Taking Aim At Ad Blocking, NYT Readies Ad-Free Digital Edition

The New York Times Co., along with most other major publishers, is taking ad blocking seriously—so seriously,  it’s preparing an ad-free digital edition in response to the sharp rise in this practice. Times Co. CEO Mark Thompson confirmed the plans on Monday in Cannes, where the global advertising industry meets annually to celebrate the best advertising and discuss other issues—like ad blocking.

As most readers of MediaPost newsletters know, ad blocking is one of the most serious threats to the industry—along with ad fraud (non-human traffic), viewability, and transparency issues (agency and third-party fees, media kickbacks, and related items that the Association of National Advertisers report cited recently).

More than one in five of the world's 1.9 billion smartphone users are blocking ads when browsing the Web on their devices, according to a report by analytics firm Priori Data and PageFair, which helps publishers come up with solutions to ad blocking. At least 419 million people are blocking ads on smartphones, up 90% between January 2015 and January 2016, according to the report. And there are now twice as many mobile ad blockers than desktop ad blockers, because more people are browing the Web on their phones. Research firm Ovum projects that publishers lost $24 billion in revenue globally in 2015 due to ad blocking.



Meanwhile, the Times is developing an edition that allows users to opt out of advertising if they want to. The ad-free version will cost consumers more than a standard subscription, and rightly so. Thompson told the assembled audience at Cannes that readers need to learn “the journalism they enjoy costs real money and needs to be paid for.”  He didn’t disclose pricing for the new option.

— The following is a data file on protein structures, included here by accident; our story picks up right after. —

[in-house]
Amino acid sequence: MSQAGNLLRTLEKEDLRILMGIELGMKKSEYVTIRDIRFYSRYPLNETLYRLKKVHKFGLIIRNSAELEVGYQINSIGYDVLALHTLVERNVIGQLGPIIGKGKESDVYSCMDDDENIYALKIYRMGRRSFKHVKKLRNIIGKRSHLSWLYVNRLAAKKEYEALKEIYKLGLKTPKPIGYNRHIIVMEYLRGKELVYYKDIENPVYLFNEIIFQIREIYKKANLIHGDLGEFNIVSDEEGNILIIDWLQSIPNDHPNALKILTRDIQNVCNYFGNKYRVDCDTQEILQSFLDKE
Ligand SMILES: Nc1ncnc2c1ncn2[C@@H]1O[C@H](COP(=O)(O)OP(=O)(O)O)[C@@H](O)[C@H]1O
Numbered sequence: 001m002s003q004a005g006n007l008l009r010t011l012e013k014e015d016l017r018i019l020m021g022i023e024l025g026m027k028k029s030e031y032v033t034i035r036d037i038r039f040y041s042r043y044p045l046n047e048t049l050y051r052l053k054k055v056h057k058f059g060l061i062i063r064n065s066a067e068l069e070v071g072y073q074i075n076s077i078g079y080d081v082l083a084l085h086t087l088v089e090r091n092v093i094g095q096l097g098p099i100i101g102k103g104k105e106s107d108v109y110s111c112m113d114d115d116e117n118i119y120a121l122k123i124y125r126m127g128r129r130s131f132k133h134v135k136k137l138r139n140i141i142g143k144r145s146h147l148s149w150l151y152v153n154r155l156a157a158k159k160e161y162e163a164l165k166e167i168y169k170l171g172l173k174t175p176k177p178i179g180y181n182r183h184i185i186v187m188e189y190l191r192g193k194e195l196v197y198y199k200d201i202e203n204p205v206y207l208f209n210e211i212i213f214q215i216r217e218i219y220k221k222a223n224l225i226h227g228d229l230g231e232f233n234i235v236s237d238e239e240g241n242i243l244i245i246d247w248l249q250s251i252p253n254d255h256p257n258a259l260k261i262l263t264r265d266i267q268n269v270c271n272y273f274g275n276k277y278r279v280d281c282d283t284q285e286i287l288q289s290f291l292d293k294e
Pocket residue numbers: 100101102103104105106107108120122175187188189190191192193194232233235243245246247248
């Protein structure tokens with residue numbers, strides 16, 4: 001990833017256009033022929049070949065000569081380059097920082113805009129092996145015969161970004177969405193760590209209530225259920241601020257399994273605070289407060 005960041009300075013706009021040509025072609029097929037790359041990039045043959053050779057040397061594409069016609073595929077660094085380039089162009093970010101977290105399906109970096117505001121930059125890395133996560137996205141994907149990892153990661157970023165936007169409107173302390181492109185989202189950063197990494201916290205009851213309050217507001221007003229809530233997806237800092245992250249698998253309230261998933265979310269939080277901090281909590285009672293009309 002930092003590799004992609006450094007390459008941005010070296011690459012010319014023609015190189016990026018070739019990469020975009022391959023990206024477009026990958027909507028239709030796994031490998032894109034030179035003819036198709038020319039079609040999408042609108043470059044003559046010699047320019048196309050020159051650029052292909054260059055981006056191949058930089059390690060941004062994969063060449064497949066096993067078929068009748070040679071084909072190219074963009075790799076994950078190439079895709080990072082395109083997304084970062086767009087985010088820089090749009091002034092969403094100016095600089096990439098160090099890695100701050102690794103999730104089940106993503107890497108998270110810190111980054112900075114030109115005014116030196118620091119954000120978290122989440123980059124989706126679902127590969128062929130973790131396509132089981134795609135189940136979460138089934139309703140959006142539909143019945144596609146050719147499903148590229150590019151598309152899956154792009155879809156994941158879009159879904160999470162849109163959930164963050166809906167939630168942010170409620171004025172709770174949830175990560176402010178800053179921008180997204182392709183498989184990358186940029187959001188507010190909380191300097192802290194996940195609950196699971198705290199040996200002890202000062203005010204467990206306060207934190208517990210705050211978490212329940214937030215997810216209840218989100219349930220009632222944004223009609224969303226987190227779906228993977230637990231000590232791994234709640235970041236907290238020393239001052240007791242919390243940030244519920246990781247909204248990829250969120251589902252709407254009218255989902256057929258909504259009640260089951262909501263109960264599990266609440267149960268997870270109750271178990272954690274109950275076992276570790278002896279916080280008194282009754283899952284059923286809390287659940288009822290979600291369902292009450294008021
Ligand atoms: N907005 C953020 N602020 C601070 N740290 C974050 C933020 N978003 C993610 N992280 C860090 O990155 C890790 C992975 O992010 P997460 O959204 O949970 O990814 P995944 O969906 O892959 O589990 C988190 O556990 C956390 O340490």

Separately, Thompson told the audience that the Times’ T Brand Studio, its native advertising unit, will generate $60 million in revenue this year—revenue that presumably will help prop up the rest of the business.

Adblock Plus, one of the biggest ad blockers, lets ads from hundreds of companies pass through its filters if they meet its “acceptable ads” policy. Some of those companies pay to be included in the program. The Times and other publishers have tried this program and others to fight ad blocking. Thompson said that more than 40% of non-subscribers in a test agreed to “whitelist” the Times Web site—meaning that those readers let ads through their blockers when they were presented with a message about the need to pay for “high-quality content.”

Forbes has tried preventing users with ad-blocking software from accessing its site. It recently started allowing ad-blocking users to access if they register for a Forbes account—which means they have to offer personal information such as an email address or access to information from their Google or Facebook profiles.

Wired has tried asking readers outright to turn their ad blockers off, and The Wall Street Journal has begun doing this as well.

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